TOKYO BLADE is one of the special bands that comprise the highly esteemed NWOBHM scene. The act initially formed in the late seventies—previously using the monikers WHITE DIAMOND, KILLER and GENGHIS KHAN—and aside from two extended periods of inactivity following disbanding, the band has been kicking out the heavy metal jams for almost 30 years. Not every band can obtain the monstrous commercial success of the likes of IRON MAIDEN or JUDAS PRIEST, and though they came from an exclusive and seminal pack, TOKYO BLADE's star hasn't shined as brightly as those of the aforementioned juggernauts. The group should have received more widespread attention based upon the merits of its music; however, and there is a great deal to be said of the unit's tenacity. TOKYO BLADE's 2018 album, "Unbroken", serves that very point.
The Brits never properly gained steam and built momentum because of its hiatuses, as well as common issues like lineup instability that plague so many bands. Since its second reformation a decade ago, founding member Andy Boulton has provided focus to the heavy metal titan, leading it to churn out a couple of LPs and a pair of EPs. For "Unbroken", Bolton rallied the troops as the lineup is stacked with original members: singer Alan Marsh, guitarist John Wiggins, drummer Steve Pierce and bassist Andy Wrighton.
"Undeniably our journey has been a tough one and it's taken enormous effort to keep TOKYO BLADE alive. With the original lineup coming together, it's a very significant release, proving that we won't lay down and die," Boulton said in a recent press release, acknowledging the group's previous instability and bumpy road. "This is our eighth studio album and our third with the original lineup. We truly believe that this album should have been the rightful successor to "Night of the Blade" but fate had other plans."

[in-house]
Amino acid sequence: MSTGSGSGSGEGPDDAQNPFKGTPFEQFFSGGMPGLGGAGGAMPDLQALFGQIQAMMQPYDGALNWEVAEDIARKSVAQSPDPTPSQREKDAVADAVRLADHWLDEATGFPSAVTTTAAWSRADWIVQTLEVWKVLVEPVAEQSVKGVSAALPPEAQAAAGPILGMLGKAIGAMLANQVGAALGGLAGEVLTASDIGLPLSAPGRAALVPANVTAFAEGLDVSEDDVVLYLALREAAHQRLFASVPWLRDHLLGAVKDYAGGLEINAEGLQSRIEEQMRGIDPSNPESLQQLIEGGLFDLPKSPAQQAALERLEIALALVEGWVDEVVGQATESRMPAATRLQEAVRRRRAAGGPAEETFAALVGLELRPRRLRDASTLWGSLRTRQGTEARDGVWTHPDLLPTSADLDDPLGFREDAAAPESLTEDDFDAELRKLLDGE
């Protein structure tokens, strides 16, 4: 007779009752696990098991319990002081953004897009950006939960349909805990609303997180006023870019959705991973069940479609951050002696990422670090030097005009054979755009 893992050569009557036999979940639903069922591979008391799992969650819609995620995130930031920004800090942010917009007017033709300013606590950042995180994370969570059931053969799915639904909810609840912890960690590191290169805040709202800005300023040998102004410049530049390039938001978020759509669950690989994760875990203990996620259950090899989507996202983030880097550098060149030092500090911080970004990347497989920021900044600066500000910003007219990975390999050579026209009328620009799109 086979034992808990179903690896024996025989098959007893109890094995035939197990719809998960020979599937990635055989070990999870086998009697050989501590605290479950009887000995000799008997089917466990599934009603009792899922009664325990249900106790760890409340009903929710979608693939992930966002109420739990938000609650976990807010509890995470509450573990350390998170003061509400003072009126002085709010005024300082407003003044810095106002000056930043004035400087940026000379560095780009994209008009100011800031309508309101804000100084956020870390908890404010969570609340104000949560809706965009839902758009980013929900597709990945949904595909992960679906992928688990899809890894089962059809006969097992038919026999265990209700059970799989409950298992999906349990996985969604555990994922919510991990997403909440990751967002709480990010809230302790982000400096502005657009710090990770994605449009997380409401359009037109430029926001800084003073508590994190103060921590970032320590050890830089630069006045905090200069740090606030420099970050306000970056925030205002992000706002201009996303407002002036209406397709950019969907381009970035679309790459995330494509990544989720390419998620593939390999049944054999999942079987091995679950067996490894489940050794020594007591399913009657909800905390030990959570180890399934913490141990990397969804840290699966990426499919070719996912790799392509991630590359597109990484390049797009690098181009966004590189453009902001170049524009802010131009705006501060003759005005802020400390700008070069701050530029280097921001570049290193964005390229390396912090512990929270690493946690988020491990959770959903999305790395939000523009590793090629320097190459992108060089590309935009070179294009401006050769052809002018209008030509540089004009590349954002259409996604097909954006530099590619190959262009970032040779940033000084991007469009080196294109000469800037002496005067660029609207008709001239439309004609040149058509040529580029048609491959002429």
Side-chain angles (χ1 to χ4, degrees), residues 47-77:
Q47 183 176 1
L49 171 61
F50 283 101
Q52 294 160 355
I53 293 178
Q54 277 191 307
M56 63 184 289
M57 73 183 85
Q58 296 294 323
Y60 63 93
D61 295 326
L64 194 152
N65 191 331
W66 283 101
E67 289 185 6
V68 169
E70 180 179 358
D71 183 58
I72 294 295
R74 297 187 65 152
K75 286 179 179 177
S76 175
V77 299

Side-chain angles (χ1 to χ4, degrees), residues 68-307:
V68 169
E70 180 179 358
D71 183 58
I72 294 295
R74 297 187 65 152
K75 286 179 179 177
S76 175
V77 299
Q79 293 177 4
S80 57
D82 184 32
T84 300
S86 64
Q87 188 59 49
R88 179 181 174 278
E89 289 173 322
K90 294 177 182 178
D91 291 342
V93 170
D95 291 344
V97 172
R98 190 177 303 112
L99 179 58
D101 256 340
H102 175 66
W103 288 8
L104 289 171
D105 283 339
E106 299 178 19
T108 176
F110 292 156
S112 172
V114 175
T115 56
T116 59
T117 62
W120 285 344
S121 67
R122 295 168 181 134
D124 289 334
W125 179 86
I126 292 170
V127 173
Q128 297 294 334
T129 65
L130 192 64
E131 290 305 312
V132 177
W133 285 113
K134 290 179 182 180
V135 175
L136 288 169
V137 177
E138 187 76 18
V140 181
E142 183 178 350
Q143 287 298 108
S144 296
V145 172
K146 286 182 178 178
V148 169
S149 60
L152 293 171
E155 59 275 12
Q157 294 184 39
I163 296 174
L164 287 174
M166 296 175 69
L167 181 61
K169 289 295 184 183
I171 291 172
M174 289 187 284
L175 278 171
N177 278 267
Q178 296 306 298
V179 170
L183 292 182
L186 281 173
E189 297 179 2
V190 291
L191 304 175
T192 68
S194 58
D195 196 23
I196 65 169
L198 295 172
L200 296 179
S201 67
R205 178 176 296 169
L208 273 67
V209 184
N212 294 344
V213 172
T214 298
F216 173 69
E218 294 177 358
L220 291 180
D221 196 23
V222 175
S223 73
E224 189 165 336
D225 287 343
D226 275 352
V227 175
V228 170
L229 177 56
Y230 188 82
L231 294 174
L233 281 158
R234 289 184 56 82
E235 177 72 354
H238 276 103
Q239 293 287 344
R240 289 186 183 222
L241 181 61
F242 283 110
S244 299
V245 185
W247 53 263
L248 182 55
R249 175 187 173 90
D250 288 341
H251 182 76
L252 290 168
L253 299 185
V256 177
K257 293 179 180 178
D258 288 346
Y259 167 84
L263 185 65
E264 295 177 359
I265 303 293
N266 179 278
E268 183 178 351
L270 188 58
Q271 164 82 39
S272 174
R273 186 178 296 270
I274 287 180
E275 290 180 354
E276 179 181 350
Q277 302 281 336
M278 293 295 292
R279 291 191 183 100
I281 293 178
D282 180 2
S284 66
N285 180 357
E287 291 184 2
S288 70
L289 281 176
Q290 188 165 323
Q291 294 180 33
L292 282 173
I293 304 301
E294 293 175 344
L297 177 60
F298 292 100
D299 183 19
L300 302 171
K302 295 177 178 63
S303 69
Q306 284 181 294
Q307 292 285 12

"Unbroken" is the first long player since 2011's impressive "Thousand Men Strong". TOKYO BLADE makes it apparent immediately that the members are not a bunch of worn-out old metal dudes going through the motions with the hefty and high-charged opener "Devil's Gonna Bring You Down". The veteran British band's feet remain firmly planted in the soil draping the roots of heavy metal that they were a part of establishing; however, there's a subtle yet obvious modern appeal that doesn't sound forced or unnatural. "Unbroken" is essentially a modern take on the classic NWOBHM sound from a collective that was there in the beginning. Andy Wrighton's tasty bass solo at the onset of "The Man In Black"—reminiscent of Geezer Butler's classic "Bassically" solo that kicks off BLACK SABBATH's "N.I.B."—is one of the simple but effective ways that TOKYO BLADE keeps the songs on "Unbroken" sounding fresh and distinguished from one another. The track goes on to showcase an up-beat hard rock quality before a dark, ominous riff accompanies the chorus.
Marsh's smooth, soaring voice is as powerful as ever, resting atop the instrumentation that's geared entirely toward songwriting and performance that's designed to convey passion. In stark contrast to an old-timer who either poorly regurgitates his former glory or embarrassingly attempts to gain relevance by awkwardly mimicking popular current styles, TOKYO BLADE succeeds with "Unbroken" because it isn't trying to be anyone but itself.